They call him Sweat. It’s a nickname Kevin Noreen doesn’t really like.
Maybe now he can change it to Sweet … Sweet Kevin Noreen.
The way he tells it, he got the nickname his freshman year. See there was another Kevin here then. Last name was Jones, in case you forgot.
So they couldn’t call Noreen Kevin, and Lord didn’t he work hard, so it was that one of the trainers or equipment guys began calling his Sweat.
“At least I’m known for something,” he said.
As the sun came up this morning, he was known for a whole lot more as he stunned an unbeaten Virginia Tech team by scoring a career-high 14 points and grabbing a career-high 12 rebounds while also tying his career high in blocks with two.
Without it, West Virginia University would be in a state of shock today, having lost to Virginia Tech in the renewal of one of the most spirited rivalries they have. Instead, the Mountaineers were able to win the game, 68-67, on Juwan Staten’s driving layup and a last-second miss by Tech’s Erick Green, the game’s high scorer with 23 points.
It wasn’t even so much that Sweet Kevin Noreen scored 14 points. It was more how.
Noreen, you see, is a 6-foot, 10-inch forward, one who in a three-year career had taken a grand total of one 3-point shot … and missed it.
In this game Noreen hit of two of three 3-point shots he took.
“Not a lot of people know this, but I was No. 3 all-time in the state of Minnesota in 3-point shots,” he said.
He wasn’t bragging, for that isn’t his manner. It was so matter-of-factly that he could have been saying, “I just got back from walking my dog.”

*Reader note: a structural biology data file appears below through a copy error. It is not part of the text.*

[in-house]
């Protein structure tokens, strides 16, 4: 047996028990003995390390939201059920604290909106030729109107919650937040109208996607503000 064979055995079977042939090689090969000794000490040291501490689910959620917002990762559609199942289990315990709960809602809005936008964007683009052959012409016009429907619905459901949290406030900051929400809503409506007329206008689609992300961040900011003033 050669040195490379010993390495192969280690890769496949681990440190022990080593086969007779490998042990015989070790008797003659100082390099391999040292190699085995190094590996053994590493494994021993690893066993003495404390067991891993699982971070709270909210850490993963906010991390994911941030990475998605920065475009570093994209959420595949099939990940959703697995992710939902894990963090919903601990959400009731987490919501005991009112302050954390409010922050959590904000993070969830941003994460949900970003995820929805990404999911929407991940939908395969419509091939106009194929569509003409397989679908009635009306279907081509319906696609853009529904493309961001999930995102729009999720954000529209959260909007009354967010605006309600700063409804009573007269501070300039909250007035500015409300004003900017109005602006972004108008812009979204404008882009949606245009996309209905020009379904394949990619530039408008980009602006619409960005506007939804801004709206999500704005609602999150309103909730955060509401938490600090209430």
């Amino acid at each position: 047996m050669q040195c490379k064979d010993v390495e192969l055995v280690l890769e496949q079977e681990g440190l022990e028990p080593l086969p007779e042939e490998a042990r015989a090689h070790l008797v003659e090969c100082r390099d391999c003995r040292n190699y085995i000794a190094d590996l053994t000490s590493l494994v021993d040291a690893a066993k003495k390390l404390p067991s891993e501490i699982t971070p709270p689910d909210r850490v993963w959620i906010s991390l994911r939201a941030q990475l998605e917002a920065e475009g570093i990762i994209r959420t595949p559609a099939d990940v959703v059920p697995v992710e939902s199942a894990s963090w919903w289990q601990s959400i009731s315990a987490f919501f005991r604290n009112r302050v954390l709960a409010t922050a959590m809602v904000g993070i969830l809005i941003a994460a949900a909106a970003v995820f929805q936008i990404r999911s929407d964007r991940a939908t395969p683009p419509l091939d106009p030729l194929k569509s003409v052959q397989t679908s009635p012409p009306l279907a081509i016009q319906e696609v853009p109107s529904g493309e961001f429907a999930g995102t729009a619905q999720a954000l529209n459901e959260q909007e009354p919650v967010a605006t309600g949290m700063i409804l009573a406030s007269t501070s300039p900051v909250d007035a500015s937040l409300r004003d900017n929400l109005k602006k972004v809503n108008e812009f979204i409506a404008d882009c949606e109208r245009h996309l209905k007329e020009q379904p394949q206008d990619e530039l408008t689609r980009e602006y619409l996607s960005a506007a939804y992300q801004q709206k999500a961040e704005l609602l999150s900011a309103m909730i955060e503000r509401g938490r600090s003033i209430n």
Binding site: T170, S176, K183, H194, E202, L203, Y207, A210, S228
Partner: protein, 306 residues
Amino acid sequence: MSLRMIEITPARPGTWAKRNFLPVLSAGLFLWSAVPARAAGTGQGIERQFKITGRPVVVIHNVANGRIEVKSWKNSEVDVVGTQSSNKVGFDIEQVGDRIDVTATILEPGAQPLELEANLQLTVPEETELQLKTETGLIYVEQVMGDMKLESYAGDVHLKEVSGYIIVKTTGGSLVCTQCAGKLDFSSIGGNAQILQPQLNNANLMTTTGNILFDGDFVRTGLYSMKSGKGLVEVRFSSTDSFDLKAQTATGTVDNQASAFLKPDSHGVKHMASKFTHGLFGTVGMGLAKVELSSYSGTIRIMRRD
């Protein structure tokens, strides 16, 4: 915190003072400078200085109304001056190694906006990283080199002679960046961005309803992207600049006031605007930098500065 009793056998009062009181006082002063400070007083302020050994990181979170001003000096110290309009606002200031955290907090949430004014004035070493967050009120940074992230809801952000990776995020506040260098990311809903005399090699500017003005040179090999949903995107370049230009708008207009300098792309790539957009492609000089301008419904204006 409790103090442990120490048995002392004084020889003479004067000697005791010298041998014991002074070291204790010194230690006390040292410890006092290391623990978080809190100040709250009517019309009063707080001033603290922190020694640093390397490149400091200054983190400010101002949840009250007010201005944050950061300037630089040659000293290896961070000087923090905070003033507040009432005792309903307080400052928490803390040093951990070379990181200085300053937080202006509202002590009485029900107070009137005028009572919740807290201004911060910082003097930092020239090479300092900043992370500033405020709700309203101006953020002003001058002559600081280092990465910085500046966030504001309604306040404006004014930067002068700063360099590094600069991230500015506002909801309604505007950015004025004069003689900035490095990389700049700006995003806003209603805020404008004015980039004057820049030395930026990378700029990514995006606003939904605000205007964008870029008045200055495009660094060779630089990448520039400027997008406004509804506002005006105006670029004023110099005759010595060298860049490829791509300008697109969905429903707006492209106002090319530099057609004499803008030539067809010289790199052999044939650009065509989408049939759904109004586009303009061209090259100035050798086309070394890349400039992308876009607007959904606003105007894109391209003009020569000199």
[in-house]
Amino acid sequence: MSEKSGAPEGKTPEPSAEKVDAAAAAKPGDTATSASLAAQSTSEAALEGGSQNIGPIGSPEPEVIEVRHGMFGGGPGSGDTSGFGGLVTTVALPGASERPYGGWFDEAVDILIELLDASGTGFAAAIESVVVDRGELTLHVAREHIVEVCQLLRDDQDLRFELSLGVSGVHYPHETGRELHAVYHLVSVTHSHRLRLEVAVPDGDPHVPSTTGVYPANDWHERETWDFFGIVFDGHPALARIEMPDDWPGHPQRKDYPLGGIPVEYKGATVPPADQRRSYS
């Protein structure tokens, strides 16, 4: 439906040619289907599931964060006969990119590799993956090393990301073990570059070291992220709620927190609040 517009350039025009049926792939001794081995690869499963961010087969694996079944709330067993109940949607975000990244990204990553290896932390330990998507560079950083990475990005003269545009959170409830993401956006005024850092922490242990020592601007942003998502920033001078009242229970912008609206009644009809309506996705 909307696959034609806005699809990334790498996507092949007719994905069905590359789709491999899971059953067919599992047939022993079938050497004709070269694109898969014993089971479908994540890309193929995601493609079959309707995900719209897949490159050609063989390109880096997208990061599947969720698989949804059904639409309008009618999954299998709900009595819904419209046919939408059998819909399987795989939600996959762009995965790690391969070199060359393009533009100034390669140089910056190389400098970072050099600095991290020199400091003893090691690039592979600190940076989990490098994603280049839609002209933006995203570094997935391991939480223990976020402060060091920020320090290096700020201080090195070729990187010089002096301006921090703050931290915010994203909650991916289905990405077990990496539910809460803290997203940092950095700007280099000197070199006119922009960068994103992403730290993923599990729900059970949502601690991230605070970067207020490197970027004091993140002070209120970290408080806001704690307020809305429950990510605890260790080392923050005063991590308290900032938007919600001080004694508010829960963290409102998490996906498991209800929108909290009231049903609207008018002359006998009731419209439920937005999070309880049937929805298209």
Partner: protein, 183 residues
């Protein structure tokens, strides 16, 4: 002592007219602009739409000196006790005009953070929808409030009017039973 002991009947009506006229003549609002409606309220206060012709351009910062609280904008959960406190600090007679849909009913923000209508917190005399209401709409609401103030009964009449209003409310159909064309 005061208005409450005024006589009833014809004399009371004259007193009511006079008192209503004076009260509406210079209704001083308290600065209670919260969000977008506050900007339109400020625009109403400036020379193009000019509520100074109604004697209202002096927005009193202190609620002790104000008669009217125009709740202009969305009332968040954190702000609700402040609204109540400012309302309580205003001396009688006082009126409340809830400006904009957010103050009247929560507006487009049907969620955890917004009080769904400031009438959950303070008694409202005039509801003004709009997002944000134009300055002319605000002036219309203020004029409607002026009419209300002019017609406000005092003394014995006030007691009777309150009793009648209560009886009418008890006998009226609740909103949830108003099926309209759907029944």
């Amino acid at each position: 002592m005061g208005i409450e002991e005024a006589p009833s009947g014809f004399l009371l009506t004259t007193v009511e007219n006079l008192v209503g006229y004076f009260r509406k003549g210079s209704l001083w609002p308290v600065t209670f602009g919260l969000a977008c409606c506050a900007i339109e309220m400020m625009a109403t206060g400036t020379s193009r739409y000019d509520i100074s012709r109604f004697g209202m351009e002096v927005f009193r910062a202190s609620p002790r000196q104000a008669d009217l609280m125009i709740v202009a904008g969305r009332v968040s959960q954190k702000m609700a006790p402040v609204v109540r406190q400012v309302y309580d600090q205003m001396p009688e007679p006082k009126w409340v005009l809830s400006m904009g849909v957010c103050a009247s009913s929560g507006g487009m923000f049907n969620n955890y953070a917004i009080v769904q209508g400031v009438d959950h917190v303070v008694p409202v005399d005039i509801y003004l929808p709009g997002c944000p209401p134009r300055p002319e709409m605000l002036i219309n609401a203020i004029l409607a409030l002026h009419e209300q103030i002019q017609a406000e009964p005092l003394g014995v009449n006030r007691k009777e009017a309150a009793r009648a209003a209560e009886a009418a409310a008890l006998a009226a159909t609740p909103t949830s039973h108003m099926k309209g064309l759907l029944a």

But, as Casey Stengel used to say, you could look it up.
In 2010, at Minnesota’s Transitions Charter School in Minneapolis, he averaged 38.6 points, 16.5 rebounds, 5.8 assists, 3.9 steals and 3.2 blocks per game. For his career, he was Minnesota’s all-time leading scorer with 4,086 points and had 14 games of 40 or more and seven games of 50 or more.
Yes, it was a small high school.
But why was someone with his size at a small school shooting 3s?
“I played varsity in the seventh grade,” he said, again matter-of-factly, almost like “doesn’t everybody?”
He was 5-9 then and that’s when he became a 3-point shooter out of necessity. His shot isn’t a pretty one, being more like a 1950s one-hander from the outside, but it is … well, sweet.
Certainly, it didn’t come naturally and is product as is everything else in his game of hard work and … well, sweat.
His coach, Bob Huggins, said he doesn’t believe he’s had any player work any harder at his game than Noreen does.
“You can’t imagine how many shots this kid takes,” Huggins said, and he’s not just talking about in practice.
“He rooms with a manager, and he comes into the practice facility at night and has him rebound for him. He’s always in the practice facility,” Huggins said.
It is that kind of dedication, that kind of drive that is the reason he is still at West Virginia and still playing basketball, for his road to this moment was anything but easy. In 2010 he played seven games before going out for knee surgery, then in 2011 he played 23 games before going out with a broken left ankle against Pitt.
It is probably more than coincidence that the team was 15-7 when he broke his ankle and finished at 19-14, meaning it went 4-7 without him, losing in the first games of the Big East Tournament and the NCAAs.
What he’s done has impressed Huggins immensely.
“If kids out there want to be basketball players, he’s a good role model,” Huggins said. “He can’t play above the rim. He can’t rebound above the rim. But he gets out and shoots a thousand shots a day. I’ve had some great, great guys, but I don’t know if I had any who put in more time than him.”